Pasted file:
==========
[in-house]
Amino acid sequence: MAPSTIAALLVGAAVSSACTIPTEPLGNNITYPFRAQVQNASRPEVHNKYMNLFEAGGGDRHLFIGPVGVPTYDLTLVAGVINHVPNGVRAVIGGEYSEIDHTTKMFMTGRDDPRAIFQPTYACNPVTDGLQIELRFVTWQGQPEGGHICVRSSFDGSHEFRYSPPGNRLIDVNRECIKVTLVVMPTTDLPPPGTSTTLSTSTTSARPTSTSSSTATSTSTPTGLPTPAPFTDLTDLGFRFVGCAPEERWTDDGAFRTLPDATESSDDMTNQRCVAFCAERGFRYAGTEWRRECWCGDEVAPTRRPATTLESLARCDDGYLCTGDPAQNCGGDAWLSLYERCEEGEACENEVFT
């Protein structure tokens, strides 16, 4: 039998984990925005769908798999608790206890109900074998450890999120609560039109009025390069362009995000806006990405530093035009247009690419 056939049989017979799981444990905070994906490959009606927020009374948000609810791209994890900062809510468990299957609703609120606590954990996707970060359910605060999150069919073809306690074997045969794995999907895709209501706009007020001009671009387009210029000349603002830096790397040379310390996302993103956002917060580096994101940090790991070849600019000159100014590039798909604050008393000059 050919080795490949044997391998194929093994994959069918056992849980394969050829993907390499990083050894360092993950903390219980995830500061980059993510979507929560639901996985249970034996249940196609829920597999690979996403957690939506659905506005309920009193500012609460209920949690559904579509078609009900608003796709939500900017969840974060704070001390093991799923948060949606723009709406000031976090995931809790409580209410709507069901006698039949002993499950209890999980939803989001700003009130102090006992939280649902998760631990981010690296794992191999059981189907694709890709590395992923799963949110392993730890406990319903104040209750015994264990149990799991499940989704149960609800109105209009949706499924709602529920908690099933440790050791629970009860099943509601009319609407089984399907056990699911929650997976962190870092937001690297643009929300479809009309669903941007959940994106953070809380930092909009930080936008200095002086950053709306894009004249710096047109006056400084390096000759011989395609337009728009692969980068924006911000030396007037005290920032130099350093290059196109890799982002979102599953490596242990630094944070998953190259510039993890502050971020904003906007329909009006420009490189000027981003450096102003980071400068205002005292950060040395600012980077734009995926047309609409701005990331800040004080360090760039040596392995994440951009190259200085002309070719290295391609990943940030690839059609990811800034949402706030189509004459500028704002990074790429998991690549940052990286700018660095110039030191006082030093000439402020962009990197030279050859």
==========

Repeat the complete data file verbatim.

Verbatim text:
[in-house]
Amino acid sequence: MAPSTIAALLVGAAVSSACTIPTEPLGNNITYPFRAQVQNASRPEVHNKYMNLFEAGGGDRHLFIGPVGVPTYDLTLVAGVINHVPNGVRAVIGGEYSEIDHTTKMFMTGRDDPRAIFQPTYACNPVTDGLQIELRFVTWQGQPEGGHICVRSSFDGSHEFRYSPPGNRLIDVNRECIKVTLVVMPTTDLPPPGTSTTLSTSTTSARPTSTSSSTATSTSTPTGLPTPAPFTDLTDLGFRFVGCAPEERWTDDGAFRTLPDATESSDDMTNQRCVAFCAERGFRYAGTEWRRECWCGDEVAPTRRPATTLESLARCDDGYLCTGDPAQNCGGDAWLSLYERCEEGEACENEVFT
């Protein structure tokens, strides 16, 4: 039998984990925005769908798999608790206890109900074998450890999120609560039109009025390069362009995000806006990405530093035009247009690419 056939049989017979799981444990905070994906490959009606927020009374948000609810791209994890900062809510468990299957609703609120606590954990996707970060359910605060999150069919073809306690074997045969794995999907895709209501706009007020001009671009387009210029000349603002830096790397040379310390996302993103956002917060580096994101940090790991070849600019000159100014590039798909604050008393000059 050919080795490949044997391998194929093994994959069918056992849980394969050829993907390499990083050894360092993950903390219980995830500061980059993510979507929560639901996985249970034996249940196609829920597999690979996403957690939506659905506005309920009193500012609460209920949690559904579509078609009900608003796709939500900017969840974060704070001390093991799923948060949606723009709406000031976090995931809790409580209410709507069901006698039949002993499950209890999980939803989001700003009130102090006992939280649902998760631990981010690296794992191999059981189907694709890709590395992923799963949110392993730890406990319903104040209750015994264990149990799991499940989704149960609800109105209009949706499924709602529920908690099933440790050791629970009860099943509601009319609407089984399907056990699911929650997976962190870092937001690297643009929300479809009309669903941007959940994106953070809380930092909009930080936008200095002086950053709306894009004249710096047109006056400084390096000759011989395609337009728009692969980068924006911000030396007037005290920032130099350093290059196109890799982002979102599953490596242990630094944070998953190259510039993890502050971020904003906007329909009006420009490189000027981003450096102003980071400068205002005292950060040395600012980077734009995926047309609409701005990331800040004080360090760039040596392995994440951009190259200085002309070719290295391609990943940030690839059609990811800034949402706030189509004459500028704002990074790429998991690549940052990286700018660095110039030191006082030093000439402020962009990197030279050859």